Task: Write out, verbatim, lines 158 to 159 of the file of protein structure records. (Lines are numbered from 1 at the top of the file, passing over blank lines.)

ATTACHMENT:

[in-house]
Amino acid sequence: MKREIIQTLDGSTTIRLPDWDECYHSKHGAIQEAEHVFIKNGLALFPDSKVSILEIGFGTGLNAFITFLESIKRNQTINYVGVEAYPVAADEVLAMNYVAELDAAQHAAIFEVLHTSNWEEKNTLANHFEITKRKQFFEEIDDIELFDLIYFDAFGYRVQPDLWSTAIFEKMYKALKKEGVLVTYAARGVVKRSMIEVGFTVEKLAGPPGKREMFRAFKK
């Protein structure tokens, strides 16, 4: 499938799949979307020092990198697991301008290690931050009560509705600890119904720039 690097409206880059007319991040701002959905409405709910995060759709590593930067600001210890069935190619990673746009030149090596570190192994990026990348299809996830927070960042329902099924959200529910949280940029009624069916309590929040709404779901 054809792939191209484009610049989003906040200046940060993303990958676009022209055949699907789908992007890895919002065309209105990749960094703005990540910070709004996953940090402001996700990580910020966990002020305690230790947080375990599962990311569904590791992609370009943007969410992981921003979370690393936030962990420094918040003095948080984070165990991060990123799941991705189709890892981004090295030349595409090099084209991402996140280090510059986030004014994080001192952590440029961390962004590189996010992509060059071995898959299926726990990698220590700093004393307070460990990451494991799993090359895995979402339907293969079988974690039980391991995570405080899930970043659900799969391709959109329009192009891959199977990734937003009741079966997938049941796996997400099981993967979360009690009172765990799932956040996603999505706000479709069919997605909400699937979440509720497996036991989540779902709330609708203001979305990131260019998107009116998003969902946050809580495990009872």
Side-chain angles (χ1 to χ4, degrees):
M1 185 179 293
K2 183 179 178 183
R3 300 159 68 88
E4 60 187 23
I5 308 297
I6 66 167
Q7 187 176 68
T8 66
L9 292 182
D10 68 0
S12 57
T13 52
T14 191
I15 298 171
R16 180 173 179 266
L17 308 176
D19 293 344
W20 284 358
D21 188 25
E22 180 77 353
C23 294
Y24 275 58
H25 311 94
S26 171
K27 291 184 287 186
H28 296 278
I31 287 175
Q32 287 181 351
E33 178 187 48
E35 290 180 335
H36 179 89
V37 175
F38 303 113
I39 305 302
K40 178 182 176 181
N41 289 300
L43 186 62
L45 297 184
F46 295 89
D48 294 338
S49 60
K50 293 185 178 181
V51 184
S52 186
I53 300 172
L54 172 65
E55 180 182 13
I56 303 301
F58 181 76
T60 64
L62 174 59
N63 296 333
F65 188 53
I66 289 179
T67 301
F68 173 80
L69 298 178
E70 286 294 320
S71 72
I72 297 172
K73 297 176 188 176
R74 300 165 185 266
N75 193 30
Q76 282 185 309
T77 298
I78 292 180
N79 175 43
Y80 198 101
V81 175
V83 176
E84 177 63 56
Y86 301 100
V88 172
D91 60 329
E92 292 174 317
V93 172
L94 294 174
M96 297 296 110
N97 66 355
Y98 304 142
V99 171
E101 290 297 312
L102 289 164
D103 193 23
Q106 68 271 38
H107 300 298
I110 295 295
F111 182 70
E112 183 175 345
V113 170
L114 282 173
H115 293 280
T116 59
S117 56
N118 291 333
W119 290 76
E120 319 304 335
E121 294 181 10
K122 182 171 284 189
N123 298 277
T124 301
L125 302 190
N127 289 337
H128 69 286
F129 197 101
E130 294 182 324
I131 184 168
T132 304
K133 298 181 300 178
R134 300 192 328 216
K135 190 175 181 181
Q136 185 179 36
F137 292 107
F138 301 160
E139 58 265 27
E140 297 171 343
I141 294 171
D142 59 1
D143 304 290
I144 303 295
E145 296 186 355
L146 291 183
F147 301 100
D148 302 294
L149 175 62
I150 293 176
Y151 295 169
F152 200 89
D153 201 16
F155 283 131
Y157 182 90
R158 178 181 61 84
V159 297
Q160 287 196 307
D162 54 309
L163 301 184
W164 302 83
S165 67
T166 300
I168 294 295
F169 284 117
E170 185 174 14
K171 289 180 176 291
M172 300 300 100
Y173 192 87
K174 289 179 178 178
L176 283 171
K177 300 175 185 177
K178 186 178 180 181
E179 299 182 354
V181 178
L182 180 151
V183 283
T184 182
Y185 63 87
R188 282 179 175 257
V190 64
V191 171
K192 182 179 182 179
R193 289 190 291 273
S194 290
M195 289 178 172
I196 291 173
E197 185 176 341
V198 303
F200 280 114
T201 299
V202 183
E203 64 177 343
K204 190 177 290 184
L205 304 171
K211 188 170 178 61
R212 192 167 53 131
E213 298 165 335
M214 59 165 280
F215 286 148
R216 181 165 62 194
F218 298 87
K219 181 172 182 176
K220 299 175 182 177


T184 182
Y185 63 87